Rubbish, one might say, given the killers’ epically villainous conduct. But one member of the all-white jury was apparently passed a note by parties unknown reading “Hang the niggers.” And the NAACP noted that Utah gave death sentences to these guys, but not to a white supremacist who murdered two black men for jogging with white women.

None of this cut any ice with Utah. Years later, the killers themselves had a hard time fitting that monstrous night into any kind of comprehensible rationale. Pierre:

The crime took a course of its own. It wasn’t planned that way. People kept coming in and I just panicked. The only way to prevent what happened was to have been moved away from the Air Force entirely … Of course the alcohol and the pills I was consuming didn’t help — valiums, reds, black beauties and yellow jackets … I tell myself, “You have to accept responsibility for it — you did it, you were there. You can’t rationalize it.”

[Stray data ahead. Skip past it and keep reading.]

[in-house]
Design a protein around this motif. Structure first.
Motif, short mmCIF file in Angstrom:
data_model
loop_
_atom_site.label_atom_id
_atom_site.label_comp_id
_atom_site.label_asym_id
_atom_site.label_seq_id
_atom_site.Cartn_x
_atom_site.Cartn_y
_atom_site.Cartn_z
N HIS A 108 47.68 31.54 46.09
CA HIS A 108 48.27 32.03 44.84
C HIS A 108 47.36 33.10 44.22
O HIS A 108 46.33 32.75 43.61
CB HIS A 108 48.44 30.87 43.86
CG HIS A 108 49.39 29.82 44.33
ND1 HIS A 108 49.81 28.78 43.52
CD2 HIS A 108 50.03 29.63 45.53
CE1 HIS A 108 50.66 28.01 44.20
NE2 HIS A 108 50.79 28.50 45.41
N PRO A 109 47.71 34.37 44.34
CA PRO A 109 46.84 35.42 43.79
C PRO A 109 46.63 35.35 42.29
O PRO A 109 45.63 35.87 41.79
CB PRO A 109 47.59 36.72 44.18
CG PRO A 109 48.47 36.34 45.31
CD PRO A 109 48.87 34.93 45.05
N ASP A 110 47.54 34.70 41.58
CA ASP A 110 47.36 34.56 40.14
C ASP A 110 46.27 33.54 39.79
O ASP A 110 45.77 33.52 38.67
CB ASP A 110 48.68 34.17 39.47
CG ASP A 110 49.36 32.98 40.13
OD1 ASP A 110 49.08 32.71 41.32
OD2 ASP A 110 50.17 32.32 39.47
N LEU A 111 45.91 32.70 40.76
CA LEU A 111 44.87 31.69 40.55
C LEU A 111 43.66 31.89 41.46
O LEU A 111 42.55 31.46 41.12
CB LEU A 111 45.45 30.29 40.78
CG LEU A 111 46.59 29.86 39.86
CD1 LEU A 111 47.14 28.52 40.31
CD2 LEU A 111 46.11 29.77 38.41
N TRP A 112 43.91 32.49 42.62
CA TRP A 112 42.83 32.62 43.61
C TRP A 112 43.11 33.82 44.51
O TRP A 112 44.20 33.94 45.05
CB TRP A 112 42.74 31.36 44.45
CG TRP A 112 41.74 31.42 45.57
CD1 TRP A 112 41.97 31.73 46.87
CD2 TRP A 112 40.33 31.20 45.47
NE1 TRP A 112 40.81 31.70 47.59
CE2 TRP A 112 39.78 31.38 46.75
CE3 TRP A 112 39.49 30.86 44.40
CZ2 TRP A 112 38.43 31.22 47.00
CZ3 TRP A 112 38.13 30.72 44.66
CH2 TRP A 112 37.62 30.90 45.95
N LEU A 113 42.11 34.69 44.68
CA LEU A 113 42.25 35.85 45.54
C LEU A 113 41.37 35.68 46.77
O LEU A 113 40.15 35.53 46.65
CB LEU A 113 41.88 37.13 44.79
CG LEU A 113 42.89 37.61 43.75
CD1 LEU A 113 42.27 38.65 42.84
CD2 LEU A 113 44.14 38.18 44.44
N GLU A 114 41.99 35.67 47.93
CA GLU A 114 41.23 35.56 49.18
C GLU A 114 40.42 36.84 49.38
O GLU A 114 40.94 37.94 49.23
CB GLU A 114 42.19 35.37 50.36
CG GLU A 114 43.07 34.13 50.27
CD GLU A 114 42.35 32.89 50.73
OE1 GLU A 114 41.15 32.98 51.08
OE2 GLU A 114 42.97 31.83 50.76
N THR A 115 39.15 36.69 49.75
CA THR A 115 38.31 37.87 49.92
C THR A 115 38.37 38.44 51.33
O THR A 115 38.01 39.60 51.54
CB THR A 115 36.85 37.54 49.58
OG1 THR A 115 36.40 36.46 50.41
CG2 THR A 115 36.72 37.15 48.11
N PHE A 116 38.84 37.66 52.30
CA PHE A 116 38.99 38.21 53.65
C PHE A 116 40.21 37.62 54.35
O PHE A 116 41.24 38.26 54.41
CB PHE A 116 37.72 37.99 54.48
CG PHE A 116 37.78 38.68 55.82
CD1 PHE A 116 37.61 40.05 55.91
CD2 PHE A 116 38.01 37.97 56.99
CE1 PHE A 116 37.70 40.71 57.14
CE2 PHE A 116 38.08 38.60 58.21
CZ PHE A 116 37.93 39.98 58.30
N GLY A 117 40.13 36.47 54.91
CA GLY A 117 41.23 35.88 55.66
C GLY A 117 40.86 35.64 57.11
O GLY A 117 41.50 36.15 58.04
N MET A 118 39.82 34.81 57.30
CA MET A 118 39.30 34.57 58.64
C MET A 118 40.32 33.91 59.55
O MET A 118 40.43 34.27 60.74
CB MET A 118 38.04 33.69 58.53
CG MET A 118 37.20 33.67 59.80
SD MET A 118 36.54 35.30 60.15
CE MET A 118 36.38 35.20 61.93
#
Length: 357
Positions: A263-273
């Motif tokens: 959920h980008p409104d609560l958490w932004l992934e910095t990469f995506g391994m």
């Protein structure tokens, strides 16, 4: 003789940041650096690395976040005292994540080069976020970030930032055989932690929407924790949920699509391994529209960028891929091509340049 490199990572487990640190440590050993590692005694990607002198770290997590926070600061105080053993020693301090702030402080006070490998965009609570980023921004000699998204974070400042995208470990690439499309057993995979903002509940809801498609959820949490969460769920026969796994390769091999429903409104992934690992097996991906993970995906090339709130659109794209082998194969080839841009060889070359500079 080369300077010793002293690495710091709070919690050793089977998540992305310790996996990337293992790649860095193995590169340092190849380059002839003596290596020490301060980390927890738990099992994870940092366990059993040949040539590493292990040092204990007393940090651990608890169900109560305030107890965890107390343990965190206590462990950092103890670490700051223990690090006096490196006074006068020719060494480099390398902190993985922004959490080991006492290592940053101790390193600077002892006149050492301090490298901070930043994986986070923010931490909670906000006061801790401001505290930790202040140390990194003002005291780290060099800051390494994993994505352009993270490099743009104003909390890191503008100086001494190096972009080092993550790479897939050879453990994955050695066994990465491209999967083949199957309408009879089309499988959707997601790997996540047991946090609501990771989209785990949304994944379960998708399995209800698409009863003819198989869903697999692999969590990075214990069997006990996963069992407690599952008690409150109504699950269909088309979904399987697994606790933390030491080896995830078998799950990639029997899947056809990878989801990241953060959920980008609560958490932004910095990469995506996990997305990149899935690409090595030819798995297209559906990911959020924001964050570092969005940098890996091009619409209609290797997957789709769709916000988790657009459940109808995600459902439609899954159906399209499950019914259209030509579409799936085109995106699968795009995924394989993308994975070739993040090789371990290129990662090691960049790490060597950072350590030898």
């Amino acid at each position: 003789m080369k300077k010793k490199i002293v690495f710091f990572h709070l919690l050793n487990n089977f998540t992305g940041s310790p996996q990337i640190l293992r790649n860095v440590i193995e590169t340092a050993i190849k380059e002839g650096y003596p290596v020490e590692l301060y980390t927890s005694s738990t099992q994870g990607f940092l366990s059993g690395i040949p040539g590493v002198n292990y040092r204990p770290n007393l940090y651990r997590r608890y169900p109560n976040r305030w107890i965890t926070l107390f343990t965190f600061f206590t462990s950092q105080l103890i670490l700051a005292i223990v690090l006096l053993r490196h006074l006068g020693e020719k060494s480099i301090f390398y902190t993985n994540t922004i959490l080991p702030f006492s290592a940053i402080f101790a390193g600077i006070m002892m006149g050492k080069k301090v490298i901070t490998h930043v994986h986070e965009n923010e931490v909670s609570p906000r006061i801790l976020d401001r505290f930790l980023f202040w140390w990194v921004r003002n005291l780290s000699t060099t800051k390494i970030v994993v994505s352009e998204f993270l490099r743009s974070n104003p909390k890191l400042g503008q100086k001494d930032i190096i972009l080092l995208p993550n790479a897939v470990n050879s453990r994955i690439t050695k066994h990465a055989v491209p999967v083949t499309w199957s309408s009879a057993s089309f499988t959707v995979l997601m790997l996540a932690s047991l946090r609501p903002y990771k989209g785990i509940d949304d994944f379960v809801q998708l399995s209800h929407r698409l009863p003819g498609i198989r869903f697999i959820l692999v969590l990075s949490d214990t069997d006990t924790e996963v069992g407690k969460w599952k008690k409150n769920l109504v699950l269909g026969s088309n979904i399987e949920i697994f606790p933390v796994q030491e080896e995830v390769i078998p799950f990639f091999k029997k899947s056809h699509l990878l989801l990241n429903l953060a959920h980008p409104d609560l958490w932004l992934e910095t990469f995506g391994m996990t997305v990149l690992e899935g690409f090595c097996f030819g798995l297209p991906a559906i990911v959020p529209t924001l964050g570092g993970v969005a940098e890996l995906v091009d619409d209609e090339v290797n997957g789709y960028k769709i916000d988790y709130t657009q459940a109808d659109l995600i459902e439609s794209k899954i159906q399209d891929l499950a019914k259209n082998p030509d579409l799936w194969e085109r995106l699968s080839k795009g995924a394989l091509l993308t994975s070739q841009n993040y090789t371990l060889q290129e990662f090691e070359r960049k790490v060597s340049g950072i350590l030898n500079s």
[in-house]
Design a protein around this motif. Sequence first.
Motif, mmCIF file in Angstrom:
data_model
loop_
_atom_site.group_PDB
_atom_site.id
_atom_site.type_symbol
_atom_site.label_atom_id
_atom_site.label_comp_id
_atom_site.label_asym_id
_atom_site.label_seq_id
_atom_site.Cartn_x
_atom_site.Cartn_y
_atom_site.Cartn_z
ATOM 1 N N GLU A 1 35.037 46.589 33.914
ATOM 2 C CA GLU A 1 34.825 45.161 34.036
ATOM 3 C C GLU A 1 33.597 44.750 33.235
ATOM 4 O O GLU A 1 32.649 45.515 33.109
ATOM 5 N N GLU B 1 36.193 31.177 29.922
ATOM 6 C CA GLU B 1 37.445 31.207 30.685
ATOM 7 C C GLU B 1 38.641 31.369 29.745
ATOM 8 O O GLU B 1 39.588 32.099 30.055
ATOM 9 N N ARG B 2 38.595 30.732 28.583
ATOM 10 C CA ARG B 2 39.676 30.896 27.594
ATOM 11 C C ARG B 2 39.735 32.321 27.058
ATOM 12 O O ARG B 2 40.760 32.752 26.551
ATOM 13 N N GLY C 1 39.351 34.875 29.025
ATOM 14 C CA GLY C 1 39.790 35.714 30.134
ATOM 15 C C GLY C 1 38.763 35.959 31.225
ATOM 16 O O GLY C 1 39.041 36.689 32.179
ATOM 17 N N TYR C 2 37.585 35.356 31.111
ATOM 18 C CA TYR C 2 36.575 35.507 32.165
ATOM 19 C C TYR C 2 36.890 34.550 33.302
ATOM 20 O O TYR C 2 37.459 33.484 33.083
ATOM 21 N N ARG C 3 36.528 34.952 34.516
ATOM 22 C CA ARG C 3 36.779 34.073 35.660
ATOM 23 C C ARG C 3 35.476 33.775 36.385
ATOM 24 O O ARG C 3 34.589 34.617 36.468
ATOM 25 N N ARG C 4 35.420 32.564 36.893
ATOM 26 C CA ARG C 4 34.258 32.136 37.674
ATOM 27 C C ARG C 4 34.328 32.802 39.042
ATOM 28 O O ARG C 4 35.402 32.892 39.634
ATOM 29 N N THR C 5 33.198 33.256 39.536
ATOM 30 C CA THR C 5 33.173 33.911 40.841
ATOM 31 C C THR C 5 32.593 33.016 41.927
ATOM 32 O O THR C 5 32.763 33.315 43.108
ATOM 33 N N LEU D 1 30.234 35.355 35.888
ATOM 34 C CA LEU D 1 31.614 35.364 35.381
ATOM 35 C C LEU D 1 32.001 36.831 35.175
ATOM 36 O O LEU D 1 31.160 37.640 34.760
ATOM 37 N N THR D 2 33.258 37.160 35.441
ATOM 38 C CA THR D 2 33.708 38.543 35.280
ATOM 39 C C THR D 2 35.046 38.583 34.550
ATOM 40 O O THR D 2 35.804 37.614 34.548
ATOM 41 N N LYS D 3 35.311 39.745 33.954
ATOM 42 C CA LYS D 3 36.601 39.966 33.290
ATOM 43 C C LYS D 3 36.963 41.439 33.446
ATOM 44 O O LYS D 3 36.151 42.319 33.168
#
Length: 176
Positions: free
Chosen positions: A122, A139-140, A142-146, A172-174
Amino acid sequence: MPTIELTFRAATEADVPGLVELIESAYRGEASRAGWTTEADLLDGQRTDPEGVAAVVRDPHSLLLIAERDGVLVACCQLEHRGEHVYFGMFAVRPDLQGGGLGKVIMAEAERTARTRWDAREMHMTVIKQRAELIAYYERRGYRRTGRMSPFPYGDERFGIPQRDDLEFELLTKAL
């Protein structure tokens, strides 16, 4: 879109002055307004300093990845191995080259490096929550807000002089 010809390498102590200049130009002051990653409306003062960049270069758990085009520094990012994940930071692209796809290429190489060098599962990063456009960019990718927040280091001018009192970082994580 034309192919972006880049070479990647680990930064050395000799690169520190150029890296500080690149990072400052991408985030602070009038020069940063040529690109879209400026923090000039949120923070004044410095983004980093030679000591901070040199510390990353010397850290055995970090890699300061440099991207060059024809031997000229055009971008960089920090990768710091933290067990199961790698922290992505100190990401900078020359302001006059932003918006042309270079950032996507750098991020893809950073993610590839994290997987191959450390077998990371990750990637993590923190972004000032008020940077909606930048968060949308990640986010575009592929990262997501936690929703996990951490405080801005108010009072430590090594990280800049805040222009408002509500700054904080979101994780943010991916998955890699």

Dale Pierre pleads his case to the Utah clemency board.

Dale Pierre was the very first person put to death in Utah after its famously groundbreaking execution of Gary Gilmore in 1977. But in fact, the Hi-Fi killers had preceded the eager volunteer Gilmore on Utah’s death row, and Gilmore as he walked his last mile reportedly wisecracked to Pierre and Andrews, “I’ll be seeing you directly.”

Pierre’s accomplice William Andrews was also finally executed in 1992, after a then-unimaginable (and anything but “direct”) 18 years on death row — nearly half his life. Their fellow accomplice Keith Roberts didn’t personally take part in the cellar hecatomb and therefore avoided the death sentence: he was paroled in 1987.

* The clemency push was much stronger for William Andrews than for Dale Pierre, since Andrews was also making the argument that he hadn’t directly killed anyone and hadn’t intended to. As a matter of fact, the manipulative Andrews was and is widely doubted on that point — but any such claim was wholly unavailable to the acknowledged triggerman Pierre.